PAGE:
Disparities in Adolescent HPV and Tdap Immunization Uptake Across Virginia in 2021


  • Allisyn Lam College of Public Health, George Mason University, Fairfax, VA
  • Kimberly McNally College of Public Health, George Mason University, Fairfax, VA
  • Amira Roess College of Public Health, George Mason University, Fairfax, VA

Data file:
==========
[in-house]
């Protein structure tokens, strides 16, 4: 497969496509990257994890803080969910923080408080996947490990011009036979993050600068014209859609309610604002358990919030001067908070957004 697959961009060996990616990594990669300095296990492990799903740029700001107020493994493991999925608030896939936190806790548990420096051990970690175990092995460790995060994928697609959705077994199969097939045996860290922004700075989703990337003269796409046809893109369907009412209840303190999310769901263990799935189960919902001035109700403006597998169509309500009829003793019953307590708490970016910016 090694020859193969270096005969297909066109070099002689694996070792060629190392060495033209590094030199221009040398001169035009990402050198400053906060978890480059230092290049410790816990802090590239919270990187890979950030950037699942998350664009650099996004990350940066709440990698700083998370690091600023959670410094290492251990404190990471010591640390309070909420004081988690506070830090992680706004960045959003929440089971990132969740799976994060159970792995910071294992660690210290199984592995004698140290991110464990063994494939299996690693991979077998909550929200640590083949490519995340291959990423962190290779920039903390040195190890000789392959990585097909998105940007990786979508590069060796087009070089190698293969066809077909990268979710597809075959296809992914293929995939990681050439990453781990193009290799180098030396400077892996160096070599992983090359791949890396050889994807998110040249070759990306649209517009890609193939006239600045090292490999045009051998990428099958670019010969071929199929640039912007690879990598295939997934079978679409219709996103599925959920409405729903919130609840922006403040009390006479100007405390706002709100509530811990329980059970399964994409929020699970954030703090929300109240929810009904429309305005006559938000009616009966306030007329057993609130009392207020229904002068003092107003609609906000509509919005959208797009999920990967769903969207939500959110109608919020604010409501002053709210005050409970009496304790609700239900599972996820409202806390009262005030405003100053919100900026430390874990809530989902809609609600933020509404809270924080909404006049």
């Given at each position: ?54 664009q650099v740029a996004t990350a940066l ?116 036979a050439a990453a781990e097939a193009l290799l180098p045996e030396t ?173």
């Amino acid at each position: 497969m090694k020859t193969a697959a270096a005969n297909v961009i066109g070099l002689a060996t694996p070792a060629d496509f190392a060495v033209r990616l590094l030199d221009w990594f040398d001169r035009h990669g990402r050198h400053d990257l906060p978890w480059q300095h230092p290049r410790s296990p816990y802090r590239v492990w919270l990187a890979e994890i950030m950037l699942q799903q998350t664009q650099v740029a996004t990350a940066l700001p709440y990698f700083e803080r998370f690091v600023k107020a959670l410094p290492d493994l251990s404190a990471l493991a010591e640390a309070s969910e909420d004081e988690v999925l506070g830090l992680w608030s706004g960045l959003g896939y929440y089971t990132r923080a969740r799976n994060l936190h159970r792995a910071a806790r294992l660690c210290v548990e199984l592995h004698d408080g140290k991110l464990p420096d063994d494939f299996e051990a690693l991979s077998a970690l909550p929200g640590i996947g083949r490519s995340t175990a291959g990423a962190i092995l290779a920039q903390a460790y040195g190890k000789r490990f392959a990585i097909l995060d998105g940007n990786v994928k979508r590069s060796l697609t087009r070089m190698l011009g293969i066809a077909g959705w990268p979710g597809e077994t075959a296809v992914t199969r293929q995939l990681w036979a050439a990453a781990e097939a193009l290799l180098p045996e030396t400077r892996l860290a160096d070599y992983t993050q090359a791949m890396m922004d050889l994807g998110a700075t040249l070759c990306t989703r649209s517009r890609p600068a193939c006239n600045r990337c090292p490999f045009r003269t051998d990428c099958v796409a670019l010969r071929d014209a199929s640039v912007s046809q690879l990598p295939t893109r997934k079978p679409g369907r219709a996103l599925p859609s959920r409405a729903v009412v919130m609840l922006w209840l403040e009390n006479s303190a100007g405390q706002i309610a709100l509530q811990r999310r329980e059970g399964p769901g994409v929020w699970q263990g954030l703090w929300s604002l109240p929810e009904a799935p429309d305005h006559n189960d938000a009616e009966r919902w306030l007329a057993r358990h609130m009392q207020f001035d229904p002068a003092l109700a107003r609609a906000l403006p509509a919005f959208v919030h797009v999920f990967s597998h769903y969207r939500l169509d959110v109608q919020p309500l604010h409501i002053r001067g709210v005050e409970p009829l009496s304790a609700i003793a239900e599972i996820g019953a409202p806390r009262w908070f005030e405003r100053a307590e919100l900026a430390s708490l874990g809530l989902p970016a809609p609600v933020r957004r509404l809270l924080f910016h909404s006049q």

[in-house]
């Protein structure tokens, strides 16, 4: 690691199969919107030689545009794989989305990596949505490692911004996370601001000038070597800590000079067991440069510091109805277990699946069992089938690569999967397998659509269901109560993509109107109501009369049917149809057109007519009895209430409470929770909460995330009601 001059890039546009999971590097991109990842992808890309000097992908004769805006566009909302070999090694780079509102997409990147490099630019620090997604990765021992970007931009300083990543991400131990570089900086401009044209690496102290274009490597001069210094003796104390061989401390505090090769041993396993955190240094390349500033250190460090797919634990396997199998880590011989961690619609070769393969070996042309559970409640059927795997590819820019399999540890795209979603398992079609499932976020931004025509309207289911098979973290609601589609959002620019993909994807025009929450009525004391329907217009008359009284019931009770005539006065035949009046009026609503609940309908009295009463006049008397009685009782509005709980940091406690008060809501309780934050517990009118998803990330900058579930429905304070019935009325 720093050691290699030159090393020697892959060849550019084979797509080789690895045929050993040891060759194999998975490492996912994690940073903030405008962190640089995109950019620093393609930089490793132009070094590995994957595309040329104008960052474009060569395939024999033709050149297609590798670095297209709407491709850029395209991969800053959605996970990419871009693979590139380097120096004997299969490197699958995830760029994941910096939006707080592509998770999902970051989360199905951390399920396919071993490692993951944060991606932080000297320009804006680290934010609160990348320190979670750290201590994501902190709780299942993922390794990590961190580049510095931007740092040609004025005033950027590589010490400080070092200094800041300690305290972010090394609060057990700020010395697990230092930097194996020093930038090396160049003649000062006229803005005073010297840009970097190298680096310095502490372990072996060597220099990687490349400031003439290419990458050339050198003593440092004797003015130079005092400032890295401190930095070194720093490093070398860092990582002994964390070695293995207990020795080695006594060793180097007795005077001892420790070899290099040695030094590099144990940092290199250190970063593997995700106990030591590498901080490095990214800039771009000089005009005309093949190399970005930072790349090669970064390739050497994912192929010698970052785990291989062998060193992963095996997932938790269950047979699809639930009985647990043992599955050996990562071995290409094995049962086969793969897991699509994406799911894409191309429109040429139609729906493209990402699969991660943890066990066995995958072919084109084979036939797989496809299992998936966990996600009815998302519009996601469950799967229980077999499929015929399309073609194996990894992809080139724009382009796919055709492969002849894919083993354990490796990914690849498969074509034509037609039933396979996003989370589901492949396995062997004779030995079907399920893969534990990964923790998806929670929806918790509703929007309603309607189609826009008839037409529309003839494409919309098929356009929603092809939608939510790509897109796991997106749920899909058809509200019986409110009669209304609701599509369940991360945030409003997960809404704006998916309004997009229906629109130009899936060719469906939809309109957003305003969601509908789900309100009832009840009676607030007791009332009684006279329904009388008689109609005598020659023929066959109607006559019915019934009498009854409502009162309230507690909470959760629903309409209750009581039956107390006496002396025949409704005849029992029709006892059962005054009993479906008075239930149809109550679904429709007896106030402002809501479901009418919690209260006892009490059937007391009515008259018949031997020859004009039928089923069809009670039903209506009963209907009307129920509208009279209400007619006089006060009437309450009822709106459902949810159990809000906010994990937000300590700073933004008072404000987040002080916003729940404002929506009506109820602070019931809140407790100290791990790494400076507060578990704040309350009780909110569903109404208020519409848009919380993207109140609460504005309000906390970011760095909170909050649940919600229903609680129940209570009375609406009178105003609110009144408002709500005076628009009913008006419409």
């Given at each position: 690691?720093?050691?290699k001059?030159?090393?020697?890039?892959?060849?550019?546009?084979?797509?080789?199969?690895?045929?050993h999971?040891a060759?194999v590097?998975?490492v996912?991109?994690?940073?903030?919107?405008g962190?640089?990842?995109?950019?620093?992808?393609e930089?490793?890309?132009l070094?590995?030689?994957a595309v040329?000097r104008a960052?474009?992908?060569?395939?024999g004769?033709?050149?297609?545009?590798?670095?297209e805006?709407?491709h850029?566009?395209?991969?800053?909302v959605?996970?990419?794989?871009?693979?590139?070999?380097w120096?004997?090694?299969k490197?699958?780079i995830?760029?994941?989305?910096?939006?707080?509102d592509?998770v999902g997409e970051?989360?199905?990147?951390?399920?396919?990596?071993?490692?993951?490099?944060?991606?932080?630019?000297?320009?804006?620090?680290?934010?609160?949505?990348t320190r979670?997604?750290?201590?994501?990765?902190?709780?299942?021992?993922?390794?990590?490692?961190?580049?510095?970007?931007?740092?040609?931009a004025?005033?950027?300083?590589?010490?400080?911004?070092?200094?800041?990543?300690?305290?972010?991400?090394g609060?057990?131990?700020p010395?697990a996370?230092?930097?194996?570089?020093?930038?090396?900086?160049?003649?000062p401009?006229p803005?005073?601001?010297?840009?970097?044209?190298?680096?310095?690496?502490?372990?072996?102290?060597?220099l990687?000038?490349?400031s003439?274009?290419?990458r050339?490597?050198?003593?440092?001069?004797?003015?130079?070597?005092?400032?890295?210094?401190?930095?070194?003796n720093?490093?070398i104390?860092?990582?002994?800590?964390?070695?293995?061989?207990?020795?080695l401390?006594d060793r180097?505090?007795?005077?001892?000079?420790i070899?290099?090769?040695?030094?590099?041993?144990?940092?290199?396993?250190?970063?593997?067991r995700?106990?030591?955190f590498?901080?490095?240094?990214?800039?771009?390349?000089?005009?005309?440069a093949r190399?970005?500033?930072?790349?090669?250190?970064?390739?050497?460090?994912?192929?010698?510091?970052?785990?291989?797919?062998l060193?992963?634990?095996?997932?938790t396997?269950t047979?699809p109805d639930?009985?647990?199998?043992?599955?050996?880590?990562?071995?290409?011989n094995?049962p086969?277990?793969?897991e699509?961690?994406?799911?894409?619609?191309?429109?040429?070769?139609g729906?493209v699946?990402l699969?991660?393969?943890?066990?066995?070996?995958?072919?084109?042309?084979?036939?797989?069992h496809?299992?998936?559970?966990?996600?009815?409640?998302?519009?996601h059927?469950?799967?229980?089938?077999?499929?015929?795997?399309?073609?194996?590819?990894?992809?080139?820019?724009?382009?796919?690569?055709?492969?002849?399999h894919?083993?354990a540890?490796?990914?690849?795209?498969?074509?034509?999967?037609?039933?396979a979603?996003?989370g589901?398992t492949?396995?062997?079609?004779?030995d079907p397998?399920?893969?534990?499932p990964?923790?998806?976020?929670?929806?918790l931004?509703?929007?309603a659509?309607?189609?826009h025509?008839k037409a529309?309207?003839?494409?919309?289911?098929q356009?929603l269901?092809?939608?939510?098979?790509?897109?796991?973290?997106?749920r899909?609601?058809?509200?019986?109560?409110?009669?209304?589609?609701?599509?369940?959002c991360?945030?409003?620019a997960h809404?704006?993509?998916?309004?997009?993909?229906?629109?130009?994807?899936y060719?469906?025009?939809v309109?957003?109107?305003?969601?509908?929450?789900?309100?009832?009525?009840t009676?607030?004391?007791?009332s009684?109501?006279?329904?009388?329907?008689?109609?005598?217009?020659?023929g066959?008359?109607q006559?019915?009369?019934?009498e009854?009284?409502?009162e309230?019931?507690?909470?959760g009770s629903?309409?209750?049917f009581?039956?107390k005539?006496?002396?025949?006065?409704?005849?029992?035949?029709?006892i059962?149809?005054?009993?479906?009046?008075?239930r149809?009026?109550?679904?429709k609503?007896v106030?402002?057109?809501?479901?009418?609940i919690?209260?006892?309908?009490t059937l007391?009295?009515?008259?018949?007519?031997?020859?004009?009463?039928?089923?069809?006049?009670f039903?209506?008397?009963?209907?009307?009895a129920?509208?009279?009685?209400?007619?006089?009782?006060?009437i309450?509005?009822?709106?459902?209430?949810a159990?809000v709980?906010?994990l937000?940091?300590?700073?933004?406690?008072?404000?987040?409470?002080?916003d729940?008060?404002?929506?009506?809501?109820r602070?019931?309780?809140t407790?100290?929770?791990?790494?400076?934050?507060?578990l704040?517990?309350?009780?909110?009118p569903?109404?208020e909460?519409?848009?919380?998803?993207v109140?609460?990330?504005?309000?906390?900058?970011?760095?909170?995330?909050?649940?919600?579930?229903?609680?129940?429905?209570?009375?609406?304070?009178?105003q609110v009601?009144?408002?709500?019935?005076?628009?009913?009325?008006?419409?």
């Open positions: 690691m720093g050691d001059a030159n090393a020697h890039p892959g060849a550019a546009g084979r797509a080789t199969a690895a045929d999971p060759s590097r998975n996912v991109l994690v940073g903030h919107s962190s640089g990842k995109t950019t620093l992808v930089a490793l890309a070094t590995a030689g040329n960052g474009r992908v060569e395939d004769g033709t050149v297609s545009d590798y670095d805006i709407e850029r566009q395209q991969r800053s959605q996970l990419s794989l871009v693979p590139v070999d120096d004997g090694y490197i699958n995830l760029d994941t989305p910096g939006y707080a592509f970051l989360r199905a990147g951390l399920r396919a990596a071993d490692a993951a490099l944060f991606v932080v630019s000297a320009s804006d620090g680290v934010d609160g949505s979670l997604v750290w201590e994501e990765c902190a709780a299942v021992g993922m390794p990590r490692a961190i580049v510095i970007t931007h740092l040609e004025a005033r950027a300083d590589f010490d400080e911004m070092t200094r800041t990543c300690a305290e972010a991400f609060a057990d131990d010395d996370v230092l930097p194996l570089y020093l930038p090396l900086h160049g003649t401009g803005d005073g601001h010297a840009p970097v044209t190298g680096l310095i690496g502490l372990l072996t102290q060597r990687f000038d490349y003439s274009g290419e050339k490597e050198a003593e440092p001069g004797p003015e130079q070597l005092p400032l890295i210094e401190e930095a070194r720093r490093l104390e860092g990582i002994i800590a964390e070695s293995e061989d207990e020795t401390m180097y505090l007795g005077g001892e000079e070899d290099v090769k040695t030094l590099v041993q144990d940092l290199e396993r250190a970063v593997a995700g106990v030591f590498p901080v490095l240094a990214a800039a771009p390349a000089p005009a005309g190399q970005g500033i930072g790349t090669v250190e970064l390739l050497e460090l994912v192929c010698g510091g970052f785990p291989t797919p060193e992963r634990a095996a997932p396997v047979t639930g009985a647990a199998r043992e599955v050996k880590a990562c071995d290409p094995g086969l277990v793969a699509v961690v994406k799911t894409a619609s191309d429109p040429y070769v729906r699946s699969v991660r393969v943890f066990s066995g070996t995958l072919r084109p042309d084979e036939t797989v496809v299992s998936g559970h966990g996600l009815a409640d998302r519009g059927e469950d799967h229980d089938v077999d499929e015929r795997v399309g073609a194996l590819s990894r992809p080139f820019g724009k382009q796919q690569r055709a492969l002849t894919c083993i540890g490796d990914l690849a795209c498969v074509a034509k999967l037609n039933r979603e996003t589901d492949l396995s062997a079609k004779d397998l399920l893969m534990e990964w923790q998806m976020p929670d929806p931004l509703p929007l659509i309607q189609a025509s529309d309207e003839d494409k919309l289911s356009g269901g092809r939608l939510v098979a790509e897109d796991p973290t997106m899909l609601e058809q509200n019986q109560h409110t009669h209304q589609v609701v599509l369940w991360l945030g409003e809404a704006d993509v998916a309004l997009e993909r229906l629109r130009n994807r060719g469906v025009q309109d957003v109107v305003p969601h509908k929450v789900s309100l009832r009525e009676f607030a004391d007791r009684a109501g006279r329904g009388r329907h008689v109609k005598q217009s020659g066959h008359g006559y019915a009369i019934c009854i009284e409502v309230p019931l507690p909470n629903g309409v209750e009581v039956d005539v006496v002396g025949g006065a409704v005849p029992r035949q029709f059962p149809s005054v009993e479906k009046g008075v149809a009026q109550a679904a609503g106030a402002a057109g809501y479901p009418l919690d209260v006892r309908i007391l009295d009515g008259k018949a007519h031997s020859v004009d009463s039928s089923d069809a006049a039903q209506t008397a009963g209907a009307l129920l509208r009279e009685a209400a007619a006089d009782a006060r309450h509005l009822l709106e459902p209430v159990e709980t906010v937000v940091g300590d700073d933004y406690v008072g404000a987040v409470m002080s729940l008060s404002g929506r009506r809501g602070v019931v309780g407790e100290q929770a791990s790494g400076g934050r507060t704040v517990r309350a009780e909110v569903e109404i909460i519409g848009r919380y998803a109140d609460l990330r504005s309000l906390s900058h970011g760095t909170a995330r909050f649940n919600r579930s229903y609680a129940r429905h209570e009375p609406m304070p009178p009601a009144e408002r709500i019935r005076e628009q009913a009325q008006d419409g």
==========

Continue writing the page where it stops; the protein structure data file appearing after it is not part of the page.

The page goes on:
Vaccination against Human Papillomavirus infection (HPV) prevents cancer-causing infections and precancers for those who receive the recommended inoculations. In use since 2006, it is both a safe and effective cancer prevention, however, there are still a substantial number of people who do not receive the vaccine. In Virginia, the school mandate for HPV vaccinations became effective for females in 2008 and gender-neutral in 2021. Yet today, there are statewide disparities in the rates of adolescent inoculations. This study is a retrospective cross-sectional analysis of 7th grade vaccine data at the school level for the 2021 school year. Data from the Virginia Department of Health’s Annual School Self-Reports of Immunization Coverage: Student Immunization Status Report was utilized for 339 individual schools. Summary statistics were calculated to provide a comparison between school level data and published national and state level studies. Overall, in 2021 the HPV vaccination rate in male students was 56.1% while it was 60.2% for female students. For Tdap, the statewide vaccination rate was 91.5%. Comparing schools to the Healthy People 2030’s 80% vaccination goal amongst adolescents, 11.21% of schools’ male HPV inoculation rates met this goal, 15.34% of schools’ female HPV inoculation rates met this goal, and 88.79% of schools’ Tdap inoculation rates met this goal. HPV vaccinations are more frequently opted-out of for students of non-Title I designated schools amongst males and females as HPV vaccinations remain significantly lower than Tdap vaccinations. 





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